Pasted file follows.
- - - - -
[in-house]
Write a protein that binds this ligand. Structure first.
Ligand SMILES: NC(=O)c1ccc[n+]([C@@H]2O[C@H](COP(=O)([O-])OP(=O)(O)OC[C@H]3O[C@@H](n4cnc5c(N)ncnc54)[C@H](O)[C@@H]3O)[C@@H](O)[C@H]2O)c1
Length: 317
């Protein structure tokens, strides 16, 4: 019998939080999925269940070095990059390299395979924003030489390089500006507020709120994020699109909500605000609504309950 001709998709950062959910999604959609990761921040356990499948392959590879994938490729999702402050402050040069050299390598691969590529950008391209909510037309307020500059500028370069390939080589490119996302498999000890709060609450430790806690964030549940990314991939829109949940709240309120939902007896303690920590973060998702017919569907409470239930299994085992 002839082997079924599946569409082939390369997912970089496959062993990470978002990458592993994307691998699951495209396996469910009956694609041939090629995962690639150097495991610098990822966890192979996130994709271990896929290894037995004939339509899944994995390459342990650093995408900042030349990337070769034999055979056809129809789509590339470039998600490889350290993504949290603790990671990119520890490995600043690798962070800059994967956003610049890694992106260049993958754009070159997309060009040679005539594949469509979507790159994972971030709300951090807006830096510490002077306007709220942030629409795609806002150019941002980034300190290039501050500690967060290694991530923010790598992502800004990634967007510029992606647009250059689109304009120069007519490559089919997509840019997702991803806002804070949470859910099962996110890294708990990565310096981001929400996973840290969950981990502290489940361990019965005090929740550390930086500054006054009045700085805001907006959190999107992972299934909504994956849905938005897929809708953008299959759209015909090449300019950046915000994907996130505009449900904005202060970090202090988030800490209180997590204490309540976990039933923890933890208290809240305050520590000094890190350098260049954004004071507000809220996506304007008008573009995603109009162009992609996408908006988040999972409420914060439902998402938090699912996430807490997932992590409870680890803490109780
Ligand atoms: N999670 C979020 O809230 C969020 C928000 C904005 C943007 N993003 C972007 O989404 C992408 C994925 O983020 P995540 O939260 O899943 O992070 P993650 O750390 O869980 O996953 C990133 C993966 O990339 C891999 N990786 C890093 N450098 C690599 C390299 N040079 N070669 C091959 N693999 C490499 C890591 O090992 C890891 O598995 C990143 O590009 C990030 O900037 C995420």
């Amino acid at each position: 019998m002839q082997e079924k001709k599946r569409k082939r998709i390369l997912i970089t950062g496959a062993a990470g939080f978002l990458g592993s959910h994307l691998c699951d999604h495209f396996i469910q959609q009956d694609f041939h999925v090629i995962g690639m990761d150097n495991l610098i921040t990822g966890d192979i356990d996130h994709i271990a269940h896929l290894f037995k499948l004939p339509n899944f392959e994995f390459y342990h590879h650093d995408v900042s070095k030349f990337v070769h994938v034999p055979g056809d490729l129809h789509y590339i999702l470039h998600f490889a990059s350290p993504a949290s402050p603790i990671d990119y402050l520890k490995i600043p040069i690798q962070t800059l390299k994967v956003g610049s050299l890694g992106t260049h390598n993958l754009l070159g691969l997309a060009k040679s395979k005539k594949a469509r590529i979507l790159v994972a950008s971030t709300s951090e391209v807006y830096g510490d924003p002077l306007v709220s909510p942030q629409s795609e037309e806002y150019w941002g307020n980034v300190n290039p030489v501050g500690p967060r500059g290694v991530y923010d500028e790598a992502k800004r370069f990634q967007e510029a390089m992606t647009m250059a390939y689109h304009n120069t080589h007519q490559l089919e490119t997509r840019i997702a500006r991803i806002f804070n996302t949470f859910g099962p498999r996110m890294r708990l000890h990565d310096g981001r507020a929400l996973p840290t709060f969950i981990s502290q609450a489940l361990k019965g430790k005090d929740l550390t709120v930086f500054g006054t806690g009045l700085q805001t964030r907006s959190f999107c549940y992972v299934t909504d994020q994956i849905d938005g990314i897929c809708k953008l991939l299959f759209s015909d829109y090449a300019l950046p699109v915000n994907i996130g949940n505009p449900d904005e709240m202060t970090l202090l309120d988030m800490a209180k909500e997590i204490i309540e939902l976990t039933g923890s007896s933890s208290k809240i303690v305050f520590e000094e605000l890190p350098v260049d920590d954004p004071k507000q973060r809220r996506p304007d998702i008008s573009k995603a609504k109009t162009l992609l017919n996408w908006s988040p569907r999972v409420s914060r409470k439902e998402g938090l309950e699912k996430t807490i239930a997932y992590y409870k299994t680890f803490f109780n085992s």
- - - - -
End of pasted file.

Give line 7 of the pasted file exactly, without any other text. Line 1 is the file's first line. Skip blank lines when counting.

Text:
């Amino acid at each position: 019998m002839q082997e079924k001709k599946r569409k082939r998709i390369l997912i970089t950062g496959a062993a990470g939080f978002l990458g592993s959910h994307l691998c699951d999604h495209f396996i469910q959609q009956d694609f041939h999925v090629i995962g690639m990761d150097n495991l610098i921040t990822g966890d192979i356990d996130h994709i271990a269940h896929l290894f037995k499948l004939p339509n899944f392959e994995f390459y342990h590879h650093d995408v900042s070095k030349f990337v070769h994938v034999p055979g056809d490729l129809h789509y590339i999702l470039h998600f490889a990059s350290p993504a949290s402050p603790i990671d990119y402050l520890k490995i600043p040069i690798q962070t800059l390299k994967v956003g610049s050299l890694g992106t260049h390598n993958l754009l070159g691969l997309a060009k040679s395979k005539k594949a469509r590529i979507l790159v994972a950008s971030t709300s951090e391209v807006y830096g510490d924003p002077l306007v709220s909510p942030q629409s795609e037309e806002y150019w941002g307020n980034v300190n290039p030489v501050g500690p967060r500059g290694v991530y923010d500028e790598a992502k800004r370069f990634q967007e510029a390089m992606t647009m250059a390939y689109h304009n120069t080589h007519q490559l089919e490119t997509r840019i997702a500006r991803i806002f804070n996302t949470f859910g099962p498999r996110m890294r708990l000890h990565d310096g981001r507020a929400l996973p840290t709060f969950i981990s502290q609450a489940l361990k019965g430790k005090d929740l550390t709120v930086f500054g006054t806690g009045l700085q805001t964030r907006s959190f999107c549940y992972v299934t909504d994020q994956i849905d938005g990314i897929c809708k953008l991939l299959f759209s015909d829109y090449a300019l950046p699109v915000n994907i996130g949940n505009p449900d904005e709240m202060t970090l202090l309120d988030m800490a209180k909500e997590i204490i309540e939902l976990t039933g923890s007896s933890s208290k809240i303690v305050f520590e000094e605000l890190p350098v260049d920590d954004p004071k507000q973060r809220r996506p304007d998702i008008s573009k995603a609504k109009t162009l992609l017919n996408w908006s988040p569907r999972v409420s914060r409470k439902e998402g938090l309950e699912k996430t807490i239930a997932y992590y409870k299994t680890f803490f109780n085992s």